Knowing how to program means knowing how to program a computer. Not a whiteboard, not a piece of paper, and certainly not with someone standing behind or over your shoulder. This is not a test of whether you can program; it's a test of whether you can tolerate extremely stressful and potentially humiliating situations without vomiting.
Part of programming is laying out your data structures and algorithms in advance; you can perfectly do that on paper or a whiteboard. A whiteboard is even better at demonstrating pointer manipulations, since you can easily wipe out arrows with your hand and draw new ones.
Someone standing behind you, looking over your shoulder, might be a bit intimidating at first, but if you have your reasoning figured out for yourself, there is no reason why you couldn't speak out your thoughts out loud and let others know the way how you came to a solution.
You are a victim of the apparently common misconception that everyone smart thinks exactly the same way that you do. I don't work the way that you think I should and I don't want to. I often just write a little bit of code to get my brain primed, with no intention to keep even one byte of that code in my final program. It may even be utterly wrong, but that doesn't matter--it helps me get started. Or, I might just stare at the wall for ten minutes until inspiration hits me. Or I may decide to go do something else entirely and let my subconscious mind work on the problem. Then the answer often just comes to me in the middle of something else. Sometimes the answer comes to me, literally, while I am sleeping.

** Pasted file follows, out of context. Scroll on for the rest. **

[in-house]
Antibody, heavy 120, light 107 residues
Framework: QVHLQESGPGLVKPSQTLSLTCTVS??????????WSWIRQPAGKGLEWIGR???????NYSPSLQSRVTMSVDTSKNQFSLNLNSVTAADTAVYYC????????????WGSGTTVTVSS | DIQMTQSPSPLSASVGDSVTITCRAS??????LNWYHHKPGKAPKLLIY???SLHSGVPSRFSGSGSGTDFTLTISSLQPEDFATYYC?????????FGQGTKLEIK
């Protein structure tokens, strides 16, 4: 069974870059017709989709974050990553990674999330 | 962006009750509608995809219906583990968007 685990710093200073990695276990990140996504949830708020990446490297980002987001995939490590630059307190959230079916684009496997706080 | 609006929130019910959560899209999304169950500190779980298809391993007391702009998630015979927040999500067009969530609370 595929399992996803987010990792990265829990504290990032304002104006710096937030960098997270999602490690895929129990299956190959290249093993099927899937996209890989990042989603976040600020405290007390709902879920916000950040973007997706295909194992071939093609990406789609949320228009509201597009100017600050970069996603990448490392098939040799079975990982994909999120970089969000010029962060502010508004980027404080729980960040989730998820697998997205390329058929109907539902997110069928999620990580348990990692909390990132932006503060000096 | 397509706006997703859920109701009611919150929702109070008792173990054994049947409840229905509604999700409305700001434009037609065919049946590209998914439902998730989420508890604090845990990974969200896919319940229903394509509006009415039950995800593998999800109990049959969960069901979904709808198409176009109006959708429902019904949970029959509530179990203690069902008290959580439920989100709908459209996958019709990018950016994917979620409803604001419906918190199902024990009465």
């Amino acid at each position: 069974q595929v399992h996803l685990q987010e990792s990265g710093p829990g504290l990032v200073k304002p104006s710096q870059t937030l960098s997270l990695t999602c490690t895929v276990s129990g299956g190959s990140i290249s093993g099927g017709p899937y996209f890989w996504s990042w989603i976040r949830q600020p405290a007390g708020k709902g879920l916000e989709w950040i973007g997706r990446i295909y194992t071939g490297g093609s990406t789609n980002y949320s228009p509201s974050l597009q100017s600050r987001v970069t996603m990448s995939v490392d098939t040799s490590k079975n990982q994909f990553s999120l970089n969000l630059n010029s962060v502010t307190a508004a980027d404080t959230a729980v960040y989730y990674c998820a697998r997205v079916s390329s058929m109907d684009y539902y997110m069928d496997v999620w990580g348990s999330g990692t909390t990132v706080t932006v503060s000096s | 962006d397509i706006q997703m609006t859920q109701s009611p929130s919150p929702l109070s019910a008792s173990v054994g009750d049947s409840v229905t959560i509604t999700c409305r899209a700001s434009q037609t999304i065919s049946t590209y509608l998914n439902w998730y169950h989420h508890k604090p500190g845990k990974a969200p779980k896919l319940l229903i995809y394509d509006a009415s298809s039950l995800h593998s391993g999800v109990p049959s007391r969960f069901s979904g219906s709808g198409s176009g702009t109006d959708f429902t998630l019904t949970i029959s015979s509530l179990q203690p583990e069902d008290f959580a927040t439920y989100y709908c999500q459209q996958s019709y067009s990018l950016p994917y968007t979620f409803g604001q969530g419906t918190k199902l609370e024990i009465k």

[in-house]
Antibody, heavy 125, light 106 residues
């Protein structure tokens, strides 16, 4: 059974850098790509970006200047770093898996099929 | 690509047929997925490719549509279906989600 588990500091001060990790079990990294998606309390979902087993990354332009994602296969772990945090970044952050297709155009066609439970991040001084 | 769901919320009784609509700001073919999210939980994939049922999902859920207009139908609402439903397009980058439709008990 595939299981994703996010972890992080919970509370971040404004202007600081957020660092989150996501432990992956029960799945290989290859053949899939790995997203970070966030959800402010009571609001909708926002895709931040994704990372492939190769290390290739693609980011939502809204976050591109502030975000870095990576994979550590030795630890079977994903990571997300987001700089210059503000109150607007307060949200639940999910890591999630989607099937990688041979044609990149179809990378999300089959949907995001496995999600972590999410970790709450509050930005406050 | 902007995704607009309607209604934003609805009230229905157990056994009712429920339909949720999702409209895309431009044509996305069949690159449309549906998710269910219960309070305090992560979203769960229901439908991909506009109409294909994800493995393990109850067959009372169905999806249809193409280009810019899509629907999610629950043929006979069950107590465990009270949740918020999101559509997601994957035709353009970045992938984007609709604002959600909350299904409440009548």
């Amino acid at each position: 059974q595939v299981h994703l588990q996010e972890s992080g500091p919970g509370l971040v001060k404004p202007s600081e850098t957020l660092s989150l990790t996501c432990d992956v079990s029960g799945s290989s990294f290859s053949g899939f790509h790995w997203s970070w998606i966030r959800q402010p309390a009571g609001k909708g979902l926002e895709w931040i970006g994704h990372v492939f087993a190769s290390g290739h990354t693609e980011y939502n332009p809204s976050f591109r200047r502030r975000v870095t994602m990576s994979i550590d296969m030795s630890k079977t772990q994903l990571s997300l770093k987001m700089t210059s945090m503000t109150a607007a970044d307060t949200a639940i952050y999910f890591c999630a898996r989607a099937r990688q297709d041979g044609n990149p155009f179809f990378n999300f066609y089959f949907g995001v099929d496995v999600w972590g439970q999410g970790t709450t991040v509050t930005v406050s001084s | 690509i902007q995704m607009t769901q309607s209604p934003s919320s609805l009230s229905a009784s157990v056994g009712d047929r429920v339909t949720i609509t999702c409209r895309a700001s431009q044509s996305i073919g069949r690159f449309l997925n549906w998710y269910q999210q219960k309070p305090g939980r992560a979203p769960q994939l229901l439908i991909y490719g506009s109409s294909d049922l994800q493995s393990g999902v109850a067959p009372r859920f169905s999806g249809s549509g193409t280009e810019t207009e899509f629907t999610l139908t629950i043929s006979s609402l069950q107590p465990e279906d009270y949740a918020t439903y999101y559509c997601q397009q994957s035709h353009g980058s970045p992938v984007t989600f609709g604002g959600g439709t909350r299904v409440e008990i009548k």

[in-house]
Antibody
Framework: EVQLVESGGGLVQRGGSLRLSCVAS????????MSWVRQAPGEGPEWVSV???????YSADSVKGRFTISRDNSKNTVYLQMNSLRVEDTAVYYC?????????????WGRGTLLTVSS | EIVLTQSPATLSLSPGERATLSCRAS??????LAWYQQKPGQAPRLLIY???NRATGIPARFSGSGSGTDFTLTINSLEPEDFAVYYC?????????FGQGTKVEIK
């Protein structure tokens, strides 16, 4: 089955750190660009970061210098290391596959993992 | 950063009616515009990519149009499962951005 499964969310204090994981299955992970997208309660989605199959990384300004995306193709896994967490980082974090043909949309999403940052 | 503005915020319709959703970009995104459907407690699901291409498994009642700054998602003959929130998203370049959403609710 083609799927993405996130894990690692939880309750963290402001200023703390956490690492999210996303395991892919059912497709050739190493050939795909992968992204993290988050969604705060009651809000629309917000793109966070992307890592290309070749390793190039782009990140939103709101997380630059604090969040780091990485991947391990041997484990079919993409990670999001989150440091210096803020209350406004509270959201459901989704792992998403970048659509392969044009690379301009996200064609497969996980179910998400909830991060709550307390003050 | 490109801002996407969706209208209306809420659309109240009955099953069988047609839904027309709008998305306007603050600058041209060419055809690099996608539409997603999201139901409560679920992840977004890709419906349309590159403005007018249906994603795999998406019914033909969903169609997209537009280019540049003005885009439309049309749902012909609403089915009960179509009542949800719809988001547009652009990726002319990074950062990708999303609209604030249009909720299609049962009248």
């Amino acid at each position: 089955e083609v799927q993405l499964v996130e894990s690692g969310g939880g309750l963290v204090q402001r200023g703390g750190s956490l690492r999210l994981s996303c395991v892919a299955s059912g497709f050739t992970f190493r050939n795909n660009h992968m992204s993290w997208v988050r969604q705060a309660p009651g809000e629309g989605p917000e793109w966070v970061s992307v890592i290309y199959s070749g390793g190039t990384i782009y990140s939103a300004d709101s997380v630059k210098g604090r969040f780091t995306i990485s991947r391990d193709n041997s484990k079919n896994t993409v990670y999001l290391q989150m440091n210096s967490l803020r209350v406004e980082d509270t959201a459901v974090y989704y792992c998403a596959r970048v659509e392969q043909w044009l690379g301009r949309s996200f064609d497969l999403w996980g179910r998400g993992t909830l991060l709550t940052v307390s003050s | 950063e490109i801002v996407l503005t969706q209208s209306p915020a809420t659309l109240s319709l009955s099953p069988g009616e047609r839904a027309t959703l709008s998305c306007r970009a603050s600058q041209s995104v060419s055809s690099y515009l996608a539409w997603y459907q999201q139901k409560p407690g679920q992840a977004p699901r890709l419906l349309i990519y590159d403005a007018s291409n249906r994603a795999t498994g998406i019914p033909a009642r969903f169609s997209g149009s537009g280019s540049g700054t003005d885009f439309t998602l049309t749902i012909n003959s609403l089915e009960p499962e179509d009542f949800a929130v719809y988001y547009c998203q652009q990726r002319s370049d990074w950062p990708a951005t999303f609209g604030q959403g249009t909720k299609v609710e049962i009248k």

When you would ask me how I came to the answer, I wouldn't be able to tell you: I primed my brain and then eventually a lightbulb turned on.
But doesn't this just show that I'd never come up with a timely answer? Not at all. I took many tests as an MIT student in which I got A's and which I worked in precisely this manner. I didn't know how to solve a certain question, so I moved onto another question and then came back to the unsolved question. Often by the time I did, I just now knew the answer. On other problems, I'd do work and then cross it off and start over.
I could work this way because I didn't have someone staring over my goddamn shoulder asking me what I'm thinking every goddamn step of the way. If I have to explain myself constantly, I just get flustered when I realize that I said something completely stupid, and then I can't continue with my natural thought processes.
I cannot assert strongly enough, that the process that you claim that anyone smart should be good at, does not work for me.